Well, actually, it's been seed starting time for awhile, but it's not too late to start yours now. Back in early March, I spent some pleasant hours in the garden shed starting tomato, pepper, herb, and flower seeds for the spring.
|Seedling flats filled with soil|
I reuse the plastic 4- and 6- pack containers in which I purchase annuals and other plants for the garden. They fit nicely in the rectangular trays the nursery provides, and also fit perfectly under my grow lights. When I plant tomatoes and peppers, I sterilize the soil with a solution of bleach to kill soil-borne diseases. I do not sterilize the soil for other plants because they are not as susceptible to disease. I also use new seed starting mixture or potting soil to avoid disease.
|Some of my seed packets|
|Ready for the grow lights!|
I took these pictures earlier in the winter when I started my plants for the spring garden. These plants are outside now (the ones that lived, anyway) and I now have a crop of tomatoes under the grow lights.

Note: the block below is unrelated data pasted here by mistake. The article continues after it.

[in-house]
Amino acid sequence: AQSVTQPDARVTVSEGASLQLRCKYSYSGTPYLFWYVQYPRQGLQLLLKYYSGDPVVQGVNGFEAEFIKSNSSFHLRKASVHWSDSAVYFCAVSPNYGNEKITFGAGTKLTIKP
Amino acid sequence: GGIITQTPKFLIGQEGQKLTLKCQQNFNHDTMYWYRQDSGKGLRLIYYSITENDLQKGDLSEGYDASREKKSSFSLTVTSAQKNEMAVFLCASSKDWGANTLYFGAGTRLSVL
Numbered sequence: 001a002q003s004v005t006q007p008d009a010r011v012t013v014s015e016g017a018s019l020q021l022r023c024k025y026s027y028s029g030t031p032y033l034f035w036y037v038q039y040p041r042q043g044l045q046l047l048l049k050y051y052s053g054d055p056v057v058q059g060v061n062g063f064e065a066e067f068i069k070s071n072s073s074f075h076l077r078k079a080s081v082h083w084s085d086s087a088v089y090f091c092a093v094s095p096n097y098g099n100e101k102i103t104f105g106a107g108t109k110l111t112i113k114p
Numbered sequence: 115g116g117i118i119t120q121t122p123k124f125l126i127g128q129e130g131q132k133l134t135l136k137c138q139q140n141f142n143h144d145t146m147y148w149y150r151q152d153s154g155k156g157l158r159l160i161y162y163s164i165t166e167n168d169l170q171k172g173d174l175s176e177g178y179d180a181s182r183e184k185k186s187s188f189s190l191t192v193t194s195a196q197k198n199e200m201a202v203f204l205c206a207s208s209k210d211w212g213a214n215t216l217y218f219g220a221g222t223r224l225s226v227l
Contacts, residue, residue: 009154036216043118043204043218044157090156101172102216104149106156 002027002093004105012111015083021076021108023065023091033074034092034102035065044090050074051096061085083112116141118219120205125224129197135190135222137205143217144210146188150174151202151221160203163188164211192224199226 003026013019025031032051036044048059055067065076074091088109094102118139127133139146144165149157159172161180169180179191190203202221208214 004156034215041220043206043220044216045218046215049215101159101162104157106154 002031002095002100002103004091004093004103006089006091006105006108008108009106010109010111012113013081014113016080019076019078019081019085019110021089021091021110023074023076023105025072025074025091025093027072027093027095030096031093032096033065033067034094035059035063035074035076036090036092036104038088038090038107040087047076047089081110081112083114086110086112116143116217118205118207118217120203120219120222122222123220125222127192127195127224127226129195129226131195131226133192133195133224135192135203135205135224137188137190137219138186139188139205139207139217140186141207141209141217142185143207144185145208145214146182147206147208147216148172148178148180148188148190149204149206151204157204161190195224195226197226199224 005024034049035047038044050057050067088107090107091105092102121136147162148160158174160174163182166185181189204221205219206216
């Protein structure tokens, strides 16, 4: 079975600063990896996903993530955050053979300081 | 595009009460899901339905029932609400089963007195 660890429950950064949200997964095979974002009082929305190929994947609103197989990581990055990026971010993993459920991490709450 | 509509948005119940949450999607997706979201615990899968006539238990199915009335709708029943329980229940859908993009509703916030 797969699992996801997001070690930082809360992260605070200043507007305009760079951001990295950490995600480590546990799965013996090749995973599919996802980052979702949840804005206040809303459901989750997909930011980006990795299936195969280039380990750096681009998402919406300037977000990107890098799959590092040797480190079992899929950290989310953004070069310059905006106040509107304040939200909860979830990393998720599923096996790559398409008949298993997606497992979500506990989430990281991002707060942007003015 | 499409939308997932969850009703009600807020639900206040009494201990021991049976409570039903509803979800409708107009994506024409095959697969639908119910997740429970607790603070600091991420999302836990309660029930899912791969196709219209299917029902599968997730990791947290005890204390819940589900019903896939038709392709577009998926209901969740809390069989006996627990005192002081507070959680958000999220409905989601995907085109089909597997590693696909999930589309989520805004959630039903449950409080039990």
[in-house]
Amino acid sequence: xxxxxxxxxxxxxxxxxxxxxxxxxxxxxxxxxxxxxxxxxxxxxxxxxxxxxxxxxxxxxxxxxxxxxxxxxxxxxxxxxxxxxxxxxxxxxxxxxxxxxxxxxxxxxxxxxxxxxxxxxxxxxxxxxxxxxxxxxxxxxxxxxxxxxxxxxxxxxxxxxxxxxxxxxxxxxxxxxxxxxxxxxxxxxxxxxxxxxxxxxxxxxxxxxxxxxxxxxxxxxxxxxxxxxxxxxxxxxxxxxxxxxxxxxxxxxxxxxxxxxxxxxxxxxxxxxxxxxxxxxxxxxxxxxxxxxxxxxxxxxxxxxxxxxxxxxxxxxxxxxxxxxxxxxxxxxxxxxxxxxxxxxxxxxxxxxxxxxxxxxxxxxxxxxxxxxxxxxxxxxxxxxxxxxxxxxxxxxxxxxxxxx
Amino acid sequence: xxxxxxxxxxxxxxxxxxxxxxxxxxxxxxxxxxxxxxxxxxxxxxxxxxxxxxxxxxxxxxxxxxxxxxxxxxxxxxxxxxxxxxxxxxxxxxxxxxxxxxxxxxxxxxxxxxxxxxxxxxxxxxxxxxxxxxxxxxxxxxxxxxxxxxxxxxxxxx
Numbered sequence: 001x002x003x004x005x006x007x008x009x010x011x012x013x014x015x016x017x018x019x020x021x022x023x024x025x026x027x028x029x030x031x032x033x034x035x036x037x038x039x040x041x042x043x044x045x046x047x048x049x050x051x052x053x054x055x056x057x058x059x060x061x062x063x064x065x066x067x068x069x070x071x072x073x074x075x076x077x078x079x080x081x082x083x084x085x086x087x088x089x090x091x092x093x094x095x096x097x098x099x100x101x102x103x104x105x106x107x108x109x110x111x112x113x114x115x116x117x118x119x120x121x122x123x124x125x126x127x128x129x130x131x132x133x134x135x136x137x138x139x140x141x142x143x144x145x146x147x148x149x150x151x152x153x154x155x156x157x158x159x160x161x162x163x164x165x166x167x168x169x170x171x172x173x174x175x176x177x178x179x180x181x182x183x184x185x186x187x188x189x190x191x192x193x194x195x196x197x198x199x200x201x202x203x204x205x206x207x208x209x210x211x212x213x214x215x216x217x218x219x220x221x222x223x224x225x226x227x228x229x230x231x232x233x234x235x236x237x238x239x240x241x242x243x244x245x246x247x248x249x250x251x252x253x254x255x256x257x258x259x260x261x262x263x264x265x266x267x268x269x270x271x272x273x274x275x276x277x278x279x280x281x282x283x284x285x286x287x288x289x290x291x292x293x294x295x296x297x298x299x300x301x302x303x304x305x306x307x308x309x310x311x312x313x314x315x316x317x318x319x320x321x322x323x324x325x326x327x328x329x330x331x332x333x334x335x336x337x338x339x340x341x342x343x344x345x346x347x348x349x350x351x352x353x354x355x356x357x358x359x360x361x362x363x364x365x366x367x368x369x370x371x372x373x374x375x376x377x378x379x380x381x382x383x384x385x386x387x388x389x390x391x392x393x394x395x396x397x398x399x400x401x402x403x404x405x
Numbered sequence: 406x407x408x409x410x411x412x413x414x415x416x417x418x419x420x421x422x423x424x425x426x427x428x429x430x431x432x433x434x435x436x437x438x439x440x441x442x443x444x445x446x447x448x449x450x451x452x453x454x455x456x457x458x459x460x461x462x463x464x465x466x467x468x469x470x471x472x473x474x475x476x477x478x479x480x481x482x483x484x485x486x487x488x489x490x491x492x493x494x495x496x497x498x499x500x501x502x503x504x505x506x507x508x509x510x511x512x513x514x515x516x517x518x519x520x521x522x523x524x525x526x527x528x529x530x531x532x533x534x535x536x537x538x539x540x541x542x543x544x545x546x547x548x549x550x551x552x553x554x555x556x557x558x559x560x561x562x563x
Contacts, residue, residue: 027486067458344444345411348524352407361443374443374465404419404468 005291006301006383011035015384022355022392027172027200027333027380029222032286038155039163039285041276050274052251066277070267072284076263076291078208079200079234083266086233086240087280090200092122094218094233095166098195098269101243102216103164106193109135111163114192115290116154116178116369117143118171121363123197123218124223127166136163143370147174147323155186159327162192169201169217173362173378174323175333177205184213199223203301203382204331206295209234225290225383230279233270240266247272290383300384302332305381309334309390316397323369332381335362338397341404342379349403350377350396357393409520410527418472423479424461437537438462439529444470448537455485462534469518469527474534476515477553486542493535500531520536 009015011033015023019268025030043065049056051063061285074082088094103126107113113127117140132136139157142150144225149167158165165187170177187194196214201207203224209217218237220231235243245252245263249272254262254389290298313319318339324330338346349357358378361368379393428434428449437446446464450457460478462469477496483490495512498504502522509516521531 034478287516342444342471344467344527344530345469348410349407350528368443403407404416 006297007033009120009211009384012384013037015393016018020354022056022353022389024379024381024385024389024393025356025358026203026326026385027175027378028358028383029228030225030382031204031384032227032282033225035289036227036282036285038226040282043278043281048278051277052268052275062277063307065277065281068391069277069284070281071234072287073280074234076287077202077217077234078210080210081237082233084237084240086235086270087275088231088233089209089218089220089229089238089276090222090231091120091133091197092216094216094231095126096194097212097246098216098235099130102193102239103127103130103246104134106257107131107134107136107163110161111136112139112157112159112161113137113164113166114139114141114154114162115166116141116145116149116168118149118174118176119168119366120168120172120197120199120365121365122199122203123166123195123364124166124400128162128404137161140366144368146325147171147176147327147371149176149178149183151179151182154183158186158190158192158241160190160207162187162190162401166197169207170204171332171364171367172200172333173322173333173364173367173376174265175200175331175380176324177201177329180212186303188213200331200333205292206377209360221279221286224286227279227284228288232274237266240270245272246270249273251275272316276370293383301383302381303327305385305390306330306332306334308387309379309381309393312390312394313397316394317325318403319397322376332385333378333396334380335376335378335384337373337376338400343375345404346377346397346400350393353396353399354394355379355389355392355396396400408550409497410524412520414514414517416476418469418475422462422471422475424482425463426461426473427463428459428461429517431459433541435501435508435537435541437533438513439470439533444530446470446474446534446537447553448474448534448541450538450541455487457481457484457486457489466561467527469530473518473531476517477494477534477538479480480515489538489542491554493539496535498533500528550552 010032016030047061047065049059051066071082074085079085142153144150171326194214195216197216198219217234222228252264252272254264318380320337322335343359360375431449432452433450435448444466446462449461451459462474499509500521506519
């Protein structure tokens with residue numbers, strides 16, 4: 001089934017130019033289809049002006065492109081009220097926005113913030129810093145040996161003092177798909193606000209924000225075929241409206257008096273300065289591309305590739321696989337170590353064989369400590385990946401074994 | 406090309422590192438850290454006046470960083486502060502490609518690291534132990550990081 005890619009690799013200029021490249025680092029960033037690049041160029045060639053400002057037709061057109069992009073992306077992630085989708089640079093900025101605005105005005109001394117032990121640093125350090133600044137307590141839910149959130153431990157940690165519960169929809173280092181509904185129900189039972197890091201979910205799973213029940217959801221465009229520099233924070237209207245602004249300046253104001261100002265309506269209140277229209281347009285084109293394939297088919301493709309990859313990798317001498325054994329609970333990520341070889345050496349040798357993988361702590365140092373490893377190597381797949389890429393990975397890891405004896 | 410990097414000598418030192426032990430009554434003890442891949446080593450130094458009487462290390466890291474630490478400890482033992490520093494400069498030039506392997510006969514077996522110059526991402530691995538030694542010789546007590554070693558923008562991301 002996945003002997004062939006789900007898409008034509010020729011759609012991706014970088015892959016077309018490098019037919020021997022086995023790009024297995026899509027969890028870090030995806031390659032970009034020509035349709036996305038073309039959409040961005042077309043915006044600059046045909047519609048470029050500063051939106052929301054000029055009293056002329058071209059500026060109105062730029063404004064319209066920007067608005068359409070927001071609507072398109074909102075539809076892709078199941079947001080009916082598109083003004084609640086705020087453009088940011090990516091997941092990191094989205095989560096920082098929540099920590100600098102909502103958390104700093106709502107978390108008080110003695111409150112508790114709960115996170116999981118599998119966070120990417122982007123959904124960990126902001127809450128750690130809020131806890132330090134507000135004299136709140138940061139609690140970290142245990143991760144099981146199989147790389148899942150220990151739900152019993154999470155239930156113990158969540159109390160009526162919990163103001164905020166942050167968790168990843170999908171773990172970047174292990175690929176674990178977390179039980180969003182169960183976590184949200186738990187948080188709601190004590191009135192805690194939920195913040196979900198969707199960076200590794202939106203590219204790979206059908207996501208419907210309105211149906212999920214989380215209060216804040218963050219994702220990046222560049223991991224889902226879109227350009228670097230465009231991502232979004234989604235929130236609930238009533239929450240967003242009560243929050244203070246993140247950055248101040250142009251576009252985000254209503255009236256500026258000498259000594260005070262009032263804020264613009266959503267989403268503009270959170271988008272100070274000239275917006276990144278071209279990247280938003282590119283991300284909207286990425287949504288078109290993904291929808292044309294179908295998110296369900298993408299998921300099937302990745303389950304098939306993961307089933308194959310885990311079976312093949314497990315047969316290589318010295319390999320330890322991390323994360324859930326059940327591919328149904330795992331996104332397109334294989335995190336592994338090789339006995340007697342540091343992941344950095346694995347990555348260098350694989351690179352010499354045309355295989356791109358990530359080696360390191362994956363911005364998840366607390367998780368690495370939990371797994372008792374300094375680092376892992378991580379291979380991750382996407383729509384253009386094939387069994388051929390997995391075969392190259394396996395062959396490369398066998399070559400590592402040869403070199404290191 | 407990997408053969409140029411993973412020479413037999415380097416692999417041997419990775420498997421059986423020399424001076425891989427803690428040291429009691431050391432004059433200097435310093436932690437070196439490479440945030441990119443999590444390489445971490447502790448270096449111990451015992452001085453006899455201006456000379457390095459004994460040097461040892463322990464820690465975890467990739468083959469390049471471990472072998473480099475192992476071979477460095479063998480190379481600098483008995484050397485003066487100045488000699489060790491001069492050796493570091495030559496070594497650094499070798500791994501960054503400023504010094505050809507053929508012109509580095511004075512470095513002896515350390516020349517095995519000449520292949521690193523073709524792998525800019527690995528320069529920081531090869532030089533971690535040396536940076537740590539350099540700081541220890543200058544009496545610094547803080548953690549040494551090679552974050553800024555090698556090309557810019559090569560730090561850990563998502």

|Resting under the grow lights, waiting to sprout|
On nice days, I put the growing plants outside for a little morning sun. Artificial light is not as good as sunlight, and the plants become straighter and sturdier when exposed to the sun. At this time of the year, I watch the weather carefully and bring them inside if the temperatures get into the high forties. Temperatures below forty will damage tomatoes. Of course, I leave my cool-weather-loving plants outside as long as the temperature remains above freezing.
Every day, I leave the plants outside in the sun a little longer until they are able to tolerate being outside all day. Like people, plants can sunburn from too much exposure to the sun at once, although they do eventually become accustomed to constant sun exposure, unlike people!
Labels: Baker Creek Heirloom Seeds, buying seeds, grow lights, Seed starting supplies, starting seeds